Copyright 2003-2006, Chris Chan

where do different countries fit into gesteland s model
Where do different countries fit into Gesteland’s model?
  • Deal focused e.g. US, UK, Australia
  • Relationship focused e.g. Asia, Middle East
  • Informal e.g. Canada
  • Formal e.g. Asia, Middle East and Europe

Copyright 2003-2006, Chris Chan

where do different countries fit into gesteland s model10
Where do different countries fit into Gesteland’s model?
  • Rigid-time e.g. US, South Korea,
  • Fluid-time e.g. Indonesia, Eastern Europe
  • Expressive e.g. Brazil,
  • Reserved e.g. Malaysia, Thailand & other Asian countries, Germany, Netherlands, Czech Rep.

Copyright 2003-2006, Chris Chan

culture and knowledge sharing
Culture and Knowledge Sharing
  • Cultural attributes: Confucian dynamism, face and ingroup/outgroup
  • Do you think that Chinese employees are more willing to bring up cost-estimation errors than their American counterparts?
  • ANSWER: YES! (effects of collectivism and Confucian dynamism)
  • Which group (Chinese or Americans) are less willing to share information to people not in the ingroup?
  • ANSWER: Chinese (group dynamics, uncertainty avoidance)

Chow, C. W., F. J. Deng and J. L. Ho. (2000). The openness of knowledge sharing within organizations: A comparative study of the United States and The People\'s Republic of China. Journal of Management Accounting Research,12, 65-95.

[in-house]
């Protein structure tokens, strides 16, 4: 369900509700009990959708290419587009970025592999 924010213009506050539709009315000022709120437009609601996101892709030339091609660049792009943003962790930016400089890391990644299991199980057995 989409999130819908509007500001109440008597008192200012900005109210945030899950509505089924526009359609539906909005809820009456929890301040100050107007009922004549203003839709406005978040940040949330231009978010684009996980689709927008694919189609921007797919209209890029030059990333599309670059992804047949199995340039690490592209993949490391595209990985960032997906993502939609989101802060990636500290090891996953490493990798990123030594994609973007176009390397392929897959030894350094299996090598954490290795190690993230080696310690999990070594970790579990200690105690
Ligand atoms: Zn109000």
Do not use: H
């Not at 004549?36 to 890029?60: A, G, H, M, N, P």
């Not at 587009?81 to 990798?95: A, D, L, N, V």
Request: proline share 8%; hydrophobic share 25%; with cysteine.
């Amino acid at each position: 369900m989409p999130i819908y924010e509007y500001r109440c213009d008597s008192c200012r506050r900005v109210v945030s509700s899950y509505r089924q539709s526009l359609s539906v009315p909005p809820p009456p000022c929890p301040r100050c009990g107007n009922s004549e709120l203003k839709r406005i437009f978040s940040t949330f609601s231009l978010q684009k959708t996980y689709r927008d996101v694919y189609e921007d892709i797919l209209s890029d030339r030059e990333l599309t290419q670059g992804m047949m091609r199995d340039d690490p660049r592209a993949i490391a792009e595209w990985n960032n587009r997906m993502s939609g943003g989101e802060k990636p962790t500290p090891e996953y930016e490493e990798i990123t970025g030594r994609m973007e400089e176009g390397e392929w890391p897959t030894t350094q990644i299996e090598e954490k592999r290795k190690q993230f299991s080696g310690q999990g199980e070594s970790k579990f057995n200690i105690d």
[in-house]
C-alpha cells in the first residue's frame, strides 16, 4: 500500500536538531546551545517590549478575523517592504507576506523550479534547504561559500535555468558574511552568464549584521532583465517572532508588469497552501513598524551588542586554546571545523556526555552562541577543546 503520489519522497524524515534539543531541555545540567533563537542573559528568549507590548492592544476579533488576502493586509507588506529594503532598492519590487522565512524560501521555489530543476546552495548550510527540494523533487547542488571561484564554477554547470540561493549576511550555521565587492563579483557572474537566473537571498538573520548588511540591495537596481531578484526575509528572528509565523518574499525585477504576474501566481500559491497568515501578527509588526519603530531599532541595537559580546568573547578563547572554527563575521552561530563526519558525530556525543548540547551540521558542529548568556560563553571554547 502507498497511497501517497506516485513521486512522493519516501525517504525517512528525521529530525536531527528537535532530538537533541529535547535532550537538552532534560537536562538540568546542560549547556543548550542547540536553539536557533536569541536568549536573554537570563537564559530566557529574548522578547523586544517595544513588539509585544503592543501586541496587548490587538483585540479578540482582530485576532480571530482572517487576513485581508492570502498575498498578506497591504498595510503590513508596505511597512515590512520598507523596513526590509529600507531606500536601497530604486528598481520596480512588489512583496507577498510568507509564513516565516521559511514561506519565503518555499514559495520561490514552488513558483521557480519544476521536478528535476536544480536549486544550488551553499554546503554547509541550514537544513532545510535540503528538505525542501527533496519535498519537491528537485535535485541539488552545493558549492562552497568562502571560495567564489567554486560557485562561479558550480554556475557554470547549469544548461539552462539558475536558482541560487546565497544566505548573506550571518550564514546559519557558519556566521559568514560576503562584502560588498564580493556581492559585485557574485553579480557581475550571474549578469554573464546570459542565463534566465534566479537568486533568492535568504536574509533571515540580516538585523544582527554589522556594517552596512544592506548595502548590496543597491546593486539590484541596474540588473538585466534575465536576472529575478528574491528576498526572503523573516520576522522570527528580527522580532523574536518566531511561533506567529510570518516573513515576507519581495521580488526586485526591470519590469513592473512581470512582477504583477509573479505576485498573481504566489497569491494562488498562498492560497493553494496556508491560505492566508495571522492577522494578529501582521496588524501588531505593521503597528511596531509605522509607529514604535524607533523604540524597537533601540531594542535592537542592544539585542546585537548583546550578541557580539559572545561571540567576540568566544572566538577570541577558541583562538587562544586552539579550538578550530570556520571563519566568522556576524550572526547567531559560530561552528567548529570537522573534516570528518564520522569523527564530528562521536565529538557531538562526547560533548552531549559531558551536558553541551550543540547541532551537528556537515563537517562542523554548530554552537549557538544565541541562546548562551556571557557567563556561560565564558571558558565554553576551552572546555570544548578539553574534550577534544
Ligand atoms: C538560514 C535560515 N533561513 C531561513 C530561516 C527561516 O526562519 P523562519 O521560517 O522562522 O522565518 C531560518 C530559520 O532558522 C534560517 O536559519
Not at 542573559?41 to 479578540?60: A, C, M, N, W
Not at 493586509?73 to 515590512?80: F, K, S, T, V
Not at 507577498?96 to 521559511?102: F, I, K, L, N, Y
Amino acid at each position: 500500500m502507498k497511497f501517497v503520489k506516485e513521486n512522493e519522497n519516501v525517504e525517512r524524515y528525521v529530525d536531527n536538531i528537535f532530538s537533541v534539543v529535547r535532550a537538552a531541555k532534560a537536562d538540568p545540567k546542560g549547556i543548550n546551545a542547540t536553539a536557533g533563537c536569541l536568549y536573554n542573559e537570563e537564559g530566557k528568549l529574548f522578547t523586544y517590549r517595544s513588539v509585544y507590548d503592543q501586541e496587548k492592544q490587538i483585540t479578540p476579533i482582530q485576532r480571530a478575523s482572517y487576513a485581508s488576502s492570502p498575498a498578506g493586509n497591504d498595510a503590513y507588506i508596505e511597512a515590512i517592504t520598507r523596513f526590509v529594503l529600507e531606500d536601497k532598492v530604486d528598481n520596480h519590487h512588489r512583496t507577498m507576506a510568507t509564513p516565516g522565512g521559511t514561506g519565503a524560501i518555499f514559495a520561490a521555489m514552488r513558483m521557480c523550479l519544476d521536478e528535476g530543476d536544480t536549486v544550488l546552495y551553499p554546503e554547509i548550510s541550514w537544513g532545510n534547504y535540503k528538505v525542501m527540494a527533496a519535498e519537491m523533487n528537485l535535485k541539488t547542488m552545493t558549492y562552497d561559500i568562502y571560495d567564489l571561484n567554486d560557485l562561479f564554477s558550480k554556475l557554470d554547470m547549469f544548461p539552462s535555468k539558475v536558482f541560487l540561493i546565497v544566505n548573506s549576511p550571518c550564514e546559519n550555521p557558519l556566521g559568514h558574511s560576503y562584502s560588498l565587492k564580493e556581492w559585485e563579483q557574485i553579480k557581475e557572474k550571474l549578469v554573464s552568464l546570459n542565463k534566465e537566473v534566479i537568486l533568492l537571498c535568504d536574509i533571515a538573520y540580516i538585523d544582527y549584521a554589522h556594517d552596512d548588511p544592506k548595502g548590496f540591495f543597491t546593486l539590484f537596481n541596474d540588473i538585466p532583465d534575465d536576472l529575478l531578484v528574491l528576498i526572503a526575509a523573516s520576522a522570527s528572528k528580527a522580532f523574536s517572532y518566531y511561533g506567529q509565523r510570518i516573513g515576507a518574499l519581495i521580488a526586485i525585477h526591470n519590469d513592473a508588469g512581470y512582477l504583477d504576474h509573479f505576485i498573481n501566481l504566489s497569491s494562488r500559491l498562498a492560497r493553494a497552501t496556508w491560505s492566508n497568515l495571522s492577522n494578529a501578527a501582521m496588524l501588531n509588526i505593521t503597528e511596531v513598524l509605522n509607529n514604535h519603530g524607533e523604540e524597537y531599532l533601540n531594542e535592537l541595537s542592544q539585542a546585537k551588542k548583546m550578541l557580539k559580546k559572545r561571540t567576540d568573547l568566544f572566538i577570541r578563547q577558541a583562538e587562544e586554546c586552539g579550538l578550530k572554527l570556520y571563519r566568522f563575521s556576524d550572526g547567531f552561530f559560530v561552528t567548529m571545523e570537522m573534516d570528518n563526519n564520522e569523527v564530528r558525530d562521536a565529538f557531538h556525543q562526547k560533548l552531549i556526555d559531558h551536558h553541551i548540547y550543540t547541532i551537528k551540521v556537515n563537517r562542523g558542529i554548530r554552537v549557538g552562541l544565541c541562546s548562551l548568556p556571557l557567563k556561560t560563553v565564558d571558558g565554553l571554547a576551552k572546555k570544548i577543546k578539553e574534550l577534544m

Copyright 2003-2006, Chris Chan

how national culture affect organizations
How national culture affect organizations
  • Individualistic  meet less frequently; No need for explicit mission statement on customer orientation – HK execs (Cheryl Nakata, University of Illinois, Chicago)
  • A Japanese sees mentoring (senpai kohai) as relationship building, an American sees mentoring as a strategy; informal, mutually beneficial, feeling of obligation to mentor and be mentored (Bright, M. I. 2005, Can Japanese mentoring enhance understanding of Western mentoring, Employee Relations, 27, 325-339)

Copyright 2003-2006, Chris Chan

national culture making a difference between success failure in mentoring strategy implementation
National culture: Making a difference between success/failure in mentoring strategy implementation
  • Continuity/long-term focus
  • Obligation and duty
  • Respect for elders/authority
  • Paternalistic behavior
  • Personal bond over contractual agreement
  • Racial and gender congruence

(Bright, M. I. 2005, Can Japanese mentoring enhance understanding of Western mentoring, Employee

Relations, 27, 325-339)

Copyright 2003-2006, Chris Chan

caveat
Caveat
  • Over generalization or over stereotype
  • Sub-cultures
  • Personality-Cultural debate

Copyright 2003-2006, Chris Chan

summary
Summary
  • Why is it important to understand culture and the relevance of culture to IHRM?
  • Appreciate the different models of understanding cultures
  • How does national culture affect HR practices?

Copyright 2003-2006, Chris Chan